Figure 1: p Chart for Winning Trades per Day
My purpose in this article is to describe the application of SPC to finance and automated trading systems* by reference to the Excelsior platform. Excelsior is an advanced software platform that supports the construction of next-generation automated trading systems engineered to pursue explicit performance objectives while observing specific constraints imposed by statistical process control rules. By doing this, Excelsior enables a trading system to generate consistent returns in excess of its benchmark (i.e. alpha), while avoiding the pitfalls of first-generation trading systems that cause them to collapse when market conditions deviate from those upon which the system has been trained. Excelsior originated as a graduate research project at the Illinois Institute of Technology's Stuart School of Business and is now available as open-source under the Apache software licence.
Priming the system for SPC
We start with cars. The lecturer, statistician and "quality guru" Professor W. Edwards Deming is traditionally credited with the widespread acceptance of Statistical Process Control theory as a method to improve product and process quality. Deming's work promoting SPC within Japan's auto industry during the 1950s is commonly cited as the greatest single reason Japanese cars are today among the best in the world. Out of Deming's success grew the larger Total Quality Management philosophy and the closely related Six Sigma movement pioneered at Motorola and popularised by General Electric.
What made Statistical Process Control so innovative and transformational was its emphasis on continuous data collection, analysis and proactive adaptation. Quality control that emphasised defect detection through random inspection of finished products was replaced by continuous process improvement as specified and measured by control charts.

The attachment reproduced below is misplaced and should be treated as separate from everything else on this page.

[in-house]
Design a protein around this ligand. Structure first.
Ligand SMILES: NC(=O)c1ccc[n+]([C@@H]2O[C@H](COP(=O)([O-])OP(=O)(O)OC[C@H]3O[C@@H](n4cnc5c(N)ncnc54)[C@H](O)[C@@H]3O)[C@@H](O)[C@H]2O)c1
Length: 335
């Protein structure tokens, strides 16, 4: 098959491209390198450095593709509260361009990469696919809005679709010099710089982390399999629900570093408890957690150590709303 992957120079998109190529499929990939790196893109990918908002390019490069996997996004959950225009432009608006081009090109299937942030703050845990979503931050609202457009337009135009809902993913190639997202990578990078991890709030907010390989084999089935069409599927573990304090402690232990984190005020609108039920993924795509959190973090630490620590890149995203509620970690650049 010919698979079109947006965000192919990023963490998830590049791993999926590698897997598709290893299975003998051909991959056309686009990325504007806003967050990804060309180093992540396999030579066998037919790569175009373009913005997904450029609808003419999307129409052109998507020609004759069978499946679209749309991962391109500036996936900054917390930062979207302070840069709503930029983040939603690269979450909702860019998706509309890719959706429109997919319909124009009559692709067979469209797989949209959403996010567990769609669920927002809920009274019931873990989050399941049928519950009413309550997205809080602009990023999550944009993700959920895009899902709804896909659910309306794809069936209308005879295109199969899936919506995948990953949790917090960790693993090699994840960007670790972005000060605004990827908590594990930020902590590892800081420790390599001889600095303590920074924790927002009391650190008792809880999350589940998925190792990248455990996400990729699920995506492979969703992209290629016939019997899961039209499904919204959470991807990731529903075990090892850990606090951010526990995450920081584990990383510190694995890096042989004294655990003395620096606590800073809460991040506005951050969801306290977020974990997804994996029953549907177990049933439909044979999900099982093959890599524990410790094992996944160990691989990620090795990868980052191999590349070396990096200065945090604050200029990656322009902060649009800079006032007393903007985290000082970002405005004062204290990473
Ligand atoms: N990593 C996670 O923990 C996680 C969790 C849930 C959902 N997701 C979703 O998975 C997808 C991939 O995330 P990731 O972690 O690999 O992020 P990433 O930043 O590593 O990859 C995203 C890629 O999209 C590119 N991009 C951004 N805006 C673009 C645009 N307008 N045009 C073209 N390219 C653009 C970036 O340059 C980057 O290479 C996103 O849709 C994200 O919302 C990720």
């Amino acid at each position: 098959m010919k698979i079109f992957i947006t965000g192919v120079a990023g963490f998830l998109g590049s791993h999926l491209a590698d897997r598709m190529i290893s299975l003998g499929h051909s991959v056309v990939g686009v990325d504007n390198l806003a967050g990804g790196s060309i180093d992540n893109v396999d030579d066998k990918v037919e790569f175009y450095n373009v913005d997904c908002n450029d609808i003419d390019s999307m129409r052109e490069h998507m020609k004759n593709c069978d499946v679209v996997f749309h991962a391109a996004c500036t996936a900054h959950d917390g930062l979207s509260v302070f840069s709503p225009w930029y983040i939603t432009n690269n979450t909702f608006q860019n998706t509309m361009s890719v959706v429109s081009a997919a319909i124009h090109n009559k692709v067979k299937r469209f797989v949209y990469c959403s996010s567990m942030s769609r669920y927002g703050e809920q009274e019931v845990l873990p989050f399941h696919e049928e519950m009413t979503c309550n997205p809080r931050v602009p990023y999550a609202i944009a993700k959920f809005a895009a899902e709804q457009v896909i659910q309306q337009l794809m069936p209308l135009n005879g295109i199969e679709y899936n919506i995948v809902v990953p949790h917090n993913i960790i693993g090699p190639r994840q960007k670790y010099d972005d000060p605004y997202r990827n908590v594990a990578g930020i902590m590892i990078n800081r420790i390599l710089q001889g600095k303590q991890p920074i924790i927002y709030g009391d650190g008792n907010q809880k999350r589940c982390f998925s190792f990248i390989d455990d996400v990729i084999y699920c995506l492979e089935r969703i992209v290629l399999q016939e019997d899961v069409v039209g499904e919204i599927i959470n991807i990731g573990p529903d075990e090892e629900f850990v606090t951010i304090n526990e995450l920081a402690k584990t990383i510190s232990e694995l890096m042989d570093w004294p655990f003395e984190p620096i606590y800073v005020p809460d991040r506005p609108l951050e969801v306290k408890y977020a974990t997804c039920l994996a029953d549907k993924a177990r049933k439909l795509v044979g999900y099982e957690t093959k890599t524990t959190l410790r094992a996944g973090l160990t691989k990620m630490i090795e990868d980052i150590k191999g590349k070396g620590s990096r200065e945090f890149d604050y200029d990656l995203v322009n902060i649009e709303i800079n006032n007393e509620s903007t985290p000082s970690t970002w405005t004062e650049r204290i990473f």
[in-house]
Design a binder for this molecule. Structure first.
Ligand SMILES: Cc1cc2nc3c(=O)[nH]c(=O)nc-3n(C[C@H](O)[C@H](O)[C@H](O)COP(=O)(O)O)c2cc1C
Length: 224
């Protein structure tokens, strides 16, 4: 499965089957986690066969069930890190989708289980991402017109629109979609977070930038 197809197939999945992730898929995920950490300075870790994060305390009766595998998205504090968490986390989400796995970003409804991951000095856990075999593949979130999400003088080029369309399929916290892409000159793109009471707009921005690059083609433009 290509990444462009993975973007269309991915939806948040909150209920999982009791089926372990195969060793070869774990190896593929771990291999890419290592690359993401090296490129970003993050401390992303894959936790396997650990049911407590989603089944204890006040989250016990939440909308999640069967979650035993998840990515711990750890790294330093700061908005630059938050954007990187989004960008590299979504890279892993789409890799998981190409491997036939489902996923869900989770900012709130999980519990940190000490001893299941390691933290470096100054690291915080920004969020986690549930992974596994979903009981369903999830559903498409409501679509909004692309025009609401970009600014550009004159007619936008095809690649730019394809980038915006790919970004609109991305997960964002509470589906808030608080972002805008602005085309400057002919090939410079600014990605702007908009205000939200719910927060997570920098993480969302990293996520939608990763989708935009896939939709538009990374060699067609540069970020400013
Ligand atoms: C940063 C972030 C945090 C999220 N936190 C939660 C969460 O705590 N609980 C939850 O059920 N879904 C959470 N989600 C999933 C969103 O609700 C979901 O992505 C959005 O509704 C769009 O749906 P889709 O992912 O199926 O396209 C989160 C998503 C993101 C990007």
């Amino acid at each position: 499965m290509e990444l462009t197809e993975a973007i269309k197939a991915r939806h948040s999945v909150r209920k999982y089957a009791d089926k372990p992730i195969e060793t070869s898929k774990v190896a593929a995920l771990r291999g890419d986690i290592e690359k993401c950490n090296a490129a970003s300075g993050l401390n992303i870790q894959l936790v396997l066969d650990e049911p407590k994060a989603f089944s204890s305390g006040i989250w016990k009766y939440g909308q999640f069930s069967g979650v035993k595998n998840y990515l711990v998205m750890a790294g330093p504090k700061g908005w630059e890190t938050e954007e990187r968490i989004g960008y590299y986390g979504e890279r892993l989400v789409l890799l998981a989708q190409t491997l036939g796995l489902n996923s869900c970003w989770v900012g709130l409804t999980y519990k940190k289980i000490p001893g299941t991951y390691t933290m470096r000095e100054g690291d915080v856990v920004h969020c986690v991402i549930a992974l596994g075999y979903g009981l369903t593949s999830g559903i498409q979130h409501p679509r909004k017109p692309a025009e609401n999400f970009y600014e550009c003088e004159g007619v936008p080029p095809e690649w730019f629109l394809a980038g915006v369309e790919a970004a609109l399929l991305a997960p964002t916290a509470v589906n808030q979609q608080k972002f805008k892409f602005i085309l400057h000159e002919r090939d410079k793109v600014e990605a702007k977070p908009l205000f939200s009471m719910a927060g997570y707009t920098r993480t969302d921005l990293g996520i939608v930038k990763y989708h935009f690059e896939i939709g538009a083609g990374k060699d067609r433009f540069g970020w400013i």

A control chart is a simple tool that defines upper and lower specification limits for a particular process parameter and illustrates how the observed parameter value varies over time. The control limits are typically defined to be the point +/3 standard deviations from the process mean. Variation within the process manifests itself as a time series of regular observations distributed above and below the centre line of the chart. A process that is under control will exhibit few, if any, observations beyond its upper and lower control limits. Nearly all observations will fall between the two extremes.
Control charts come in several forms, the most common and popular being the p chart, which is utilised when a particular observation can be classified categorically as either conforming to or violating a specific process requirement. A requirement relevant to a trading desk might be that every trade should produce a positive return. Though next to impossible to achieve in practice, this requirement allows us to bucket every trade into one of two categories, winners and losers. Winners are trades that make money while losers are trades that do not.